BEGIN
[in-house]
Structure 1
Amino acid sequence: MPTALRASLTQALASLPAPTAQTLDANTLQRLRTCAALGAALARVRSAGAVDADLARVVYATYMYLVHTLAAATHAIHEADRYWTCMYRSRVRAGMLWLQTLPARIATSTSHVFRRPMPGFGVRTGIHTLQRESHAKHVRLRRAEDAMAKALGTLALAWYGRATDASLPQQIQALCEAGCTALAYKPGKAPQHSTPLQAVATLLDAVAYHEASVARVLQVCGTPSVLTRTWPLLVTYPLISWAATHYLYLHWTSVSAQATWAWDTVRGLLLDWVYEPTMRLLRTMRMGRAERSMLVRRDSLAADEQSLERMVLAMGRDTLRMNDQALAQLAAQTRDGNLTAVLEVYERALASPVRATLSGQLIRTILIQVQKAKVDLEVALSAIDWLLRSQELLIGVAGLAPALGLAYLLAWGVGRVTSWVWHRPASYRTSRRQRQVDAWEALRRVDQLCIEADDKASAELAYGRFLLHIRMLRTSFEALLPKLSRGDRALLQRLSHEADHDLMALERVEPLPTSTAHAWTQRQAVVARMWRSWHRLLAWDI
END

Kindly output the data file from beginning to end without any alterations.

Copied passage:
[in-house]
Structure 1
Amino acid sequence: MPTALRASLTQALASLPAPTAQTLDANTLQRLRTCAALGAALARVRSAGAVDADLARVVYATYMYLVHTLAAATHAIHEADRYWTCMYRSRVRAGMLWLQTLPARIATSTSHVFRRPMPGFGVRTGIHTLQRESHAKHVRLRRAEDAMAKALGTLALAWYGRATDASLPQQIQALCEAGCTALAYKPGKAPQHSTPLQAVATLLDAVAYHEASVARVLQVCGTPSVLTRTWPLLVTYPLISWAATHYLYLHWTSVSAQATWAWDTVRGLLLDWVYEPTMRLLRTMRMGRAERSMLVRRDSLAADEQSLERMVLAMGRDTLRMNDQALAQLAAQTRDGNLTAVLEVYERALASPVRATLSGQLIRTILIQVQKAKVDLEVALSAIDWLLRSQELLIGVAGLAPALGLAYLLAWGVGRVTSWVWHRPASYRTSRRQRQVDAWEALRRVDQLCIEADDKASAELAYGRFLLHIRMLRTSFEALLPKLSRGDRALLQRLSHEADHDLMALERVEPLPTSTAHAWTQRQAVVARMWRSWHRLLAWDI